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Old April 5th, 2002, 12:19 PM   #6
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Thank you very much, Ozzie! I ditto Vic's remarks. A good, concise micro-tutorial that I will try this afternoon!
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Old April 5th, 2002, 01:32 PM   #7
 
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well, in short, there's a great deal to be deduced from a vectorscope and waveform monitor. the position of the central dot on the vectorscope is a good indication of the color balance of the frame being analyzed. A dot that is not centered represents a white balance not calibrated for pure white. Indeed, the color burst is an indication of correct hue, however, color corrections can be repeatably and predictably applied thru the calibrated use of the "hue" control. As far as the waveform analyzer goes....it's the final arbiter on whether the sequence is NTSC Broadcast compliant. DV, being what it is, rarely needs adjustment, however, if anyone has been fiddling with the colors, it's prudent to make sure the luma still falls between 0 and 100 IRE. Software like Synthetic Aperture's Video Finesse allows you to adjust the pedestal, knee and slope of the curve. This let's one bring an out of spec image sequence into spec without crushing the blacks or burning out the whites. All in all, still a useful tool if you know how to use it.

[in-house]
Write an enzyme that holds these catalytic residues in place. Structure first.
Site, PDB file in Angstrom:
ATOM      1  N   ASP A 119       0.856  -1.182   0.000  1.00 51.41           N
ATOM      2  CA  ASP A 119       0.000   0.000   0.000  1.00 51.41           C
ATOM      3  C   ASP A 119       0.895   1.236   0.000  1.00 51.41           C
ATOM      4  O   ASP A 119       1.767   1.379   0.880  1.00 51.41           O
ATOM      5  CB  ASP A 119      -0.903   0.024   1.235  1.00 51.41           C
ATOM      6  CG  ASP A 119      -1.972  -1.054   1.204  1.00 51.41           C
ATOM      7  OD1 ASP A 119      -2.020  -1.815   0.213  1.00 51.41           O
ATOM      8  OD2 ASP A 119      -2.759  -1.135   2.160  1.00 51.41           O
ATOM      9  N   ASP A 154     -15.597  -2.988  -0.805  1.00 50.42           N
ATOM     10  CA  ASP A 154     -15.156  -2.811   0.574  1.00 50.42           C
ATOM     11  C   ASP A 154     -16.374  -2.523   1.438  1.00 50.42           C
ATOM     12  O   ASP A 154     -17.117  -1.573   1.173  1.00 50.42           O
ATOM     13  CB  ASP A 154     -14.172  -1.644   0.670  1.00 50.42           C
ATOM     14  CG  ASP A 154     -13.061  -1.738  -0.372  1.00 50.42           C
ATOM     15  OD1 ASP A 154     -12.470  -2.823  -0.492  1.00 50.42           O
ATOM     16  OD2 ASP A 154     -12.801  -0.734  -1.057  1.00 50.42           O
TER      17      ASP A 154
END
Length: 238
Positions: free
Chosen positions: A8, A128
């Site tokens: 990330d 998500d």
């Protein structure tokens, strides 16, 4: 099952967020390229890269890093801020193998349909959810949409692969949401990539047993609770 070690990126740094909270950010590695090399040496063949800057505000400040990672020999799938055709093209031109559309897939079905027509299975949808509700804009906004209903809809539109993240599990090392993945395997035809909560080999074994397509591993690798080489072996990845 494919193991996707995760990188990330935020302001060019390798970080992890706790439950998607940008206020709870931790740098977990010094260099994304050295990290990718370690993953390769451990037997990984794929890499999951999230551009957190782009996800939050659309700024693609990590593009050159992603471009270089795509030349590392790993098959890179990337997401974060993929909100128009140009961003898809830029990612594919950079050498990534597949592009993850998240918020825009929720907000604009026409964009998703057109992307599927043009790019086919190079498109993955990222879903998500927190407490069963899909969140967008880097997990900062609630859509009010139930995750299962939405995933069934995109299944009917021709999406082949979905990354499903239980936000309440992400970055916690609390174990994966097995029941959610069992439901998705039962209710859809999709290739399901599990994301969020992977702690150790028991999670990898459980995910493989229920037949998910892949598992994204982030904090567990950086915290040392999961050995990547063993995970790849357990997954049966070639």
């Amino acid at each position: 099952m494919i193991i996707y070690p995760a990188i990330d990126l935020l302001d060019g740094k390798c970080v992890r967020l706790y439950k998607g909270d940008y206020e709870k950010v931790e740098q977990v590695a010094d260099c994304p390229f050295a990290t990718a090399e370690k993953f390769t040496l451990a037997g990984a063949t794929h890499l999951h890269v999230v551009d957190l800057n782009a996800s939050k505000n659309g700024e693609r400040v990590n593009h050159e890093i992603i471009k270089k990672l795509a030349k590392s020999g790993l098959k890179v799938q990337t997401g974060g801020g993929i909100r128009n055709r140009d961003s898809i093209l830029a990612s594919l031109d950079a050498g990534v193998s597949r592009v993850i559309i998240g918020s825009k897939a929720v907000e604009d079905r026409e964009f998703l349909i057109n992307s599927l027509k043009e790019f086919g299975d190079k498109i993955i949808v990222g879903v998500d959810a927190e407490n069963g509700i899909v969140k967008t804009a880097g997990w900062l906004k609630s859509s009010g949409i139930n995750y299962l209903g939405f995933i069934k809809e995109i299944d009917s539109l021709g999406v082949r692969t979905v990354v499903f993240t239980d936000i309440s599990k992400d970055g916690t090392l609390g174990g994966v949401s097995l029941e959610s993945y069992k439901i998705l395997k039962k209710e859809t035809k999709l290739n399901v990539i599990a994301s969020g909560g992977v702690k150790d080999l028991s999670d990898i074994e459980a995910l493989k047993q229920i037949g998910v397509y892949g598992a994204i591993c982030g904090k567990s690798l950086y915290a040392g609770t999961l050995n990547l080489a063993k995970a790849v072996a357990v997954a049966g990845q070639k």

The drawback to software analyzers is that they carry their own internal reference values, therefore, are not a true relative measure of the signal being analyzed. The only way to get it right is with a hardware proc amp and analyzer.

Last edited by Bill Ravens; April 5th, 2002 at 01:52 PM.